The district court also considered and properly rejected Realtime's purported justifications for its near-immediate refiling maneuver. First, the district court correctly found that a then-recent Federal Circuit § 101 decision did not justify Realtime's decision to dismiss the Delaware action and refile in California. Id. Second, the district court reasonably found that Realtime's alleged interest in a “speedier decision” was “nonsensical” because it moved the case from a forum where the litigation was underway, and assigned to a judge familiar with related patents, to a court both unfamiliar with the case and “severely understaffed.” Id. at *7 n.12.
Instead, the facts indicated Realtime only changed course following the adverse patentability decision from the same Delaware judge in parallel actions, an indicator the judge was likely to adopt the magistrate's detailed analysis in this case. Id. at *7. The district court found that the timing made it “abundantly clear that Realtime had been holding out for a favorable decision” in the parallel action, but then “realized the writing was on the wall” following that adverse decision. Id.
While we agree with Realtime that it is generally permissible under Rule 41(a)(1)(A)(i) for a plaintiff to voluntarily dismiss an action and refile the case in another forum, that is a woefully incomplete description of the circumstances of this case. As described above, Realtime's conduct does not amount to simply refiling; as the district court found, it is a misuse of the ability to refile to wipe the slate clean when the Delaware action was on the eve of issuing a potentially adverse merits ruling, and then select a new forum that clashed with Realtime's prior litigation position.
Accordingly, there is nothing erroneous about the conclusion that Realtime “impermissibly” and “unjustifi[ably]” engaged in forum-shopping in attempt to avoid or delay an adverse ruling. Id. at *6–7. The blatant gamesmanship presented by the facts of this case constitutes a willful action for an improper purpose, tantamount to bad faith, and therefore within the bounds of activities sanctionable under a court's inherent power in view of the Ninth Circuit's standard. Identifying no legal error or clearly erroneous fact findings, we hold that the district court did not abuse its discretion in awarding fees pursuant to its inherent equitable powers.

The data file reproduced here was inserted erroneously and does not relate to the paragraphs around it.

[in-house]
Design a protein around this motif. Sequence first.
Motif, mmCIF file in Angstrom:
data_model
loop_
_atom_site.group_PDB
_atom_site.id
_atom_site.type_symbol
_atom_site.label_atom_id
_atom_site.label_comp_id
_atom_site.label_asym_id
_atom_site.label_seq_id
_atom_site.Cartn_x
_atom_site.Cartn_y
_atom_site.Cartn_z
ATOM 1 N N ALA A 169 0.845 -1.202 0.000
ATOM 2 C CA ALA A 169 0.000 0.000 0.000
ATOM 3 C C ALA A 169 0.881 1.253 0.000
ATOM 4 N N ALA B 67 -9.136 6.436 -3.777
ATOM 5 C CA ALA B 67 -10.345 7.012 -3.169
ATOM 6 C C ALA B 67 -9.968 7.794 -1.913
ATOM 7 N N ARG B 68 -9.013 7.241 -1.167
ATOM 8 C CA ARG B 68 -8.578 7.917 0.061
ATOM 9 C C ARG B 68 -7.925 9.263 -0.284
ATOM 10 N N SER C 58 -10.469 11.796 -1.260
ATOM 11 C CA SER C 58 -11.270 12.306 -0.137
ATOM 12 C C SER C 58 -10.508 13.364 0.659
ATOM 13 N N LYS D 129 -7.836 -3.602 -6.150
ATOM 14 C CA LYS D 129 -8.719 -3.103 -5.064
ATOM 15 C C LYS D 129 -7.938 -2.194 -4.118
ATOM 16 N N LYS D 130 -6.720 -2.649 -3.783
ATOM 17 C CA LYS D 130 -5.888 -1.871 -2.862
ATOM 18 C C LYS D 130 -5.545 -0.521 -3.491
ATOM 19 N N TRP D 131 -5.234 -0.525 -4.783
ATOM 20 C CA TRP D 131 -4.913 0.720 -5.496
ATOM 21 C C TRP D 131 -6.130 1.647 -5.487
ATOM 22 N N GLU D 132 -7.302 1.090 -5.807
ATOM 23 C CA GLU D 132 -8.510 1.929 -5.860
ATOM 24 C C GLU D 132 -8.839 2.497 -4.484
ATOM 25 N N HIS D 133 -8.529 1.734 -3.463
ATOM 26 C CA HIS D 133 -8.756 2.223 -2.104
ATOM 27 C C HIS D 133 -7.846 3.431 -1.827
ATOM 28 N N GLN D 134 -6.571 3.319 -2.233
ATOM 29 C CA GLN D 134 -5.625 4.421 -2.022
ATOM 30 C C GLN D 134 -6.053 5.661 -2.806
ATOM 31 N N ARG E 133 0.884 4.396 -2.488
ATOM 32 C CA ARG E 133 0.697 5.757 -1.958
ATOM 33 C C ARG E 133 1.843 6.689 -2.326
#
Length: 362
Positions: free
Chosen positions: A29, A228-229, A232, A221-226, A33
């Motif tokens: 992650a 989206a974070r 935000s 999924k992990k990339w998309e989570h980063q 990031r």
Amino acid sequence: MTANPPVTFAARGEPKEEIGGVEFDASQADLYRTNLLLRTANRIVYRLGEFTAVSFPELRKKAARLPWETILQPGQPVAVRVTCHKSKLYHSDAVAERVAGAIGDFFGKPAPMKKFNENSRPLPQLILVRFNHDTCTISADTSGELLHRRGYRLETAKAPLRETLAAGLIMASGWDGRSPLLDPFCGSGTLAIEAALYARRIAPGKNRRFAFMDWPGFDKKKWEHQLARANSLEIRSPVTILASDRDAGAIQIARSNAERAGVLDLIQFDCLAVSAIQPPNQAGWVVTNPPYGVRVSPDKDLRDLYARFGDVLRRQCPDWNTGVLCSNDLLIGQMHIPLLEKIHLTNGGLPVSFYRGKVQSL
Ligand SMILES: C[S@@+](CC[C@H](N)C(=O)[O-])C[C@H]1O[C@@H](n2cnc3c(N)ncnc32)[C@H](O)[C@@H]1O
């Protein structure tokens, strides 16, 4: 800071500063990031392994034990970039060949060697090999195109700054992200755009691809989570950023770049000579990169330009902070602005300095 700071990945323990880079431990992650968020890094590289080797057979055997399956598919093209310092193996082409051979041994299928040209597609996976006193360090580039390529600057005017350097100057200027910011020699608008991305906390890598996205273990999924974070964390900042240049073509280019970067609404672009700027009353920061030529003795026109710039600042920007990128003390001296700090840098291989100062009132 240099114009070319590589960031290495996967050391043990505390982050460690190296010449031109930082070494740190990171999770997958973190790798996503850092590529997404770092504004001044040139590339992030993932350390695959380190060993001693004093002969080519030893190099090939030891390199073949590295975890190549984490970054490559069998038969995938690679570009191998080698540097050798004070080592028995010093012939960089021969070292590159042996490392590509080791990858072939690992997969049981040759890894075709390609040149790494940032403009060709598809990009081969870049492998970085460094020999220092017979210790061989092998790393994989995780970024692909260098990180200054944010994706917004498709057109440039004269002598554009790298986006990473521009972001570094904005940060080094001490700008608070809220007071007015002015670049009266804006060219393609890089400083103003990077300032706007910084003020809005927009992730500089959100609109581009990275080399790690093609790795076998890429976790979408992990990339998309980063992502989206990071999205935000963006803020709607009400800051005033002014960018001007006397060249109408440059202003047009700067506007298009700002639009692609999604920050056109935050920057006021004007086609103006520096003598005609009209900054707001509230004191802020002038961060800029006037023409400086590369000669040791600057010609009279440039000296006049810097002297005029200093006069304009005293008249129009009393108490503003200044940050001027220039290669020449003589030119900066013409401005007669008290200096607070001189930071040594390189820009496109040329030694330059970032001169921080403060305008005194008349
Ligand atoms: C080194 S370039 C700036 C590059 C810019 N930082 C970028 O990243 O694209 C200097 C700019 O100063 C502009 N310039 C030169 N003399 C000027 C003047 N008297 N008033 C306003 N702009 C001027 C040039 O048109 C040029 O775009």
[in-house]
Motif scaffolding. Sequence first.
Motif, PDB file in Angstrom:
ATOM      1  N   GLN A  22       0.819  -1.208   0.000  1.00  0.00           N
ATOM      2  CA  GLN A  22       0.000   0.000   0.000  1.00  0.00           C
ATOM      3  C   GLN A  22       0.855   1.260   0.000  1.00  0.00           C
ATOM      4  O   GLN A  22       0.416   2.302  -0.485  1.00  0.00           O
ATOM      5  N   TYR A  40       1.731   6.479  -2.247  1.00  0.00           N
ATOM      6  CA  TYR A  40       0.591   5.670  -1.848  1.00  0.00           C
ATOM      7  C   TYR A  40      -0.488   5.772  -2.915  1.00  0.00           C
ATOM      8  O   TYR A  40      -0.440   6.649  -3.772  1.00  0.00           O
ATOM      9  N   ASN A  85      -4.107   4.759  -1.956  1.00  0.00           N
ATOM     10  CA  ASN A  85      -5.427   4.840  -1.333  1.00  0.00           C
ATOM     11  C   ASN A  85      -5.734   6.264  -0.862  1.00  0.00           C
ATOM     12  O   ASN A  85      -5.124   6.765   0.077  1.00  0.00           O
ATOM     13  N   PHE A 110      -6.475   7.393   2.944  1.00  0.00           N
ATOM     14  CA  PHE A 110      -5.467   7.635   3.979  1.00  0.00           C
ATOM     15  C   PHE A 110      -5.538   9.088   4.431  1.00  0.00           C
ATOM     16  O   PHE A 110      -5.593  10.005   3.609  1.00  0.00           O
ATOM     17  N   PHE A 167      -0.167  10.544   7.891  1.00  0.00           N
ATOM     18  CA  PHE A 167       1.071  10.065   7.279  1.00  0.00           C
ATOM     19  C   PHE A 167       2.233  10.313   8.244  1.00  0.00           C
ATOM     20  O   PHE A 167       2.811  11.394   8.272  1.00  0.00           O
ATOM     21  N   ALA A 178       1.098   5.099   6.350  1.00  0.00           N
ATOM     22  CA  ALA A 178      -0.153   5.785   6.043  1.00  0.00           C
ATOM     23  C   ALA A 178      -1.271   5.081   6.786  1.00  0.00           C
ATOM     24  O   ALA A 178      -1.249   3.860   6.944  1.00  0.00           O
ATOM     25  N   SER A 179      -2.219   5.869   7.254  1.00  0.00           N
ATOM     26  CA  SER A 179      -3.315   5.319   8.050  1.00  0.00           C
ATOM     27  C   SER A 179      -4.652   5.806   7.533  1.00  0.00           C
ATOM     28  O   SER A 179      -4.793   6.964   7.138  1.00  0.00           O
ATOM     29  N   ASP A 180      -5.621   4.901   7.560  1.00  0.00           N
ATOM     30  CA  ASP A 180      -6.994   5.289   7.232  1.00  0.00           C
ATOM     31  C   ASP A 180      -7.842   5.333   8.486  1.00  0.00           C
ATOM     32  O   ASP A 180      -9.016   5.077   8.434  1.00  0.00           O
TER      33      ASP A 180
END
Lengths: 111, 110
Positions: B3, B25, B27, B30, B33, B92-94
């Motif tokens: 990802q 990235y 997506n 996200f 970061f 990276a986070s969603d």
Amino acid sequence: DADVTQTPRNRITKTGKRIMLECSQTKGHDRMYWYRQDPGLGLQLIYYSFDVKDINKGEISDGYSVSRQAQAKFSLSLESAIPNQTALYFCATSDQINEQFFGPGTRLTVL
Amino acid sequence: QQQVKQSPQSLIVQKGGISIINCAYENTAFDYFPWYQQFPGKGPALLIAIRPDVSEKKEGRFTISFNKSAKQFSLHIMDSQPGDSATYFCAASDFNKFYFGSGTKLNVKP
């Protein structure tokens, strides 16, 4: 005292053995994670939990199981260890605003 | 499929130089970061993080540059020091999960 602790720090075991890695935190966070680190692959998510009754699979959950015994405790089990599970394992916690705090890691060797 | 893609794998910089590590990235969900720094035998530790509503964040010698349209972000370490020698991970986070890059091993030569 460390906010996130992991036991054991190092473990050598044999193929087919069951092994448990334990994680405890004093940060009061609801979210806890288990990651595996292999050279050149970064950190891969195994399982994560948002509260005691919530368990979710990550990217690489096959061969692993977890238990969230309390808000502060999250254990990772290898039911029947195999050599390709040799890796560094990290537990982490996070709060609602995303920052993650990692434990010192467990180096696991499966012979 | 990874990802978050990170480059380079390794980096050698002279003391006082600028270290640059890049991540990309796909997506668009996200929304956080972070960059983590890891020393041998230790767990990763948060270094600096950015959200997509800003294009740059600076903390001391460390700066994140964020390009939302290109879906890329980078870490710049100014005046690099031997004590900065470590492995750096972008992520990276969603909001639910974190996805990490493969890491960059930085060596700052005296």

Netflix cross-appeals, arguing that the district court erred by declining to award fees in the related Delaware and inter partes review proceedings. Just as with a district court's decision to award attorneys' fees, we also review the district court's decision not to award fees for abuse of discretion and nothing obligates the district court to award fees in related actions. Munchkin, Inc. v. Luv n' Care, Ltd., 960 F.3d 1373, 1380 n.2 (Fed. Cir. 2020) (declining to reach the question of “whether in the circumstances of this case § 285 permits recovery of attorney's fees for parallel USPTO proceedings”) (emphasis added); Monolithic Power Sys., Inc. v. O2 Micro Int'l Ltd., 726 F.3d 1359, 1369–70 (Fed. Cir. 2013) (finding that the district court did not abuse its discretion in awarding fees for a related ITC action); PPG Indus., Inc. v. Celanese Polymer Specialties Co., 840 F.2d 1565, 1569 (Fed. Cir. 1988) (recognizing the district court's “broad discretion in calculating the amount of fees” although reversing the trial court's denial of fees for related reissue proceedings because it held that the “entire work product was necessary to the case”). Here, the district court's fact findings support differentiating the related proceedings.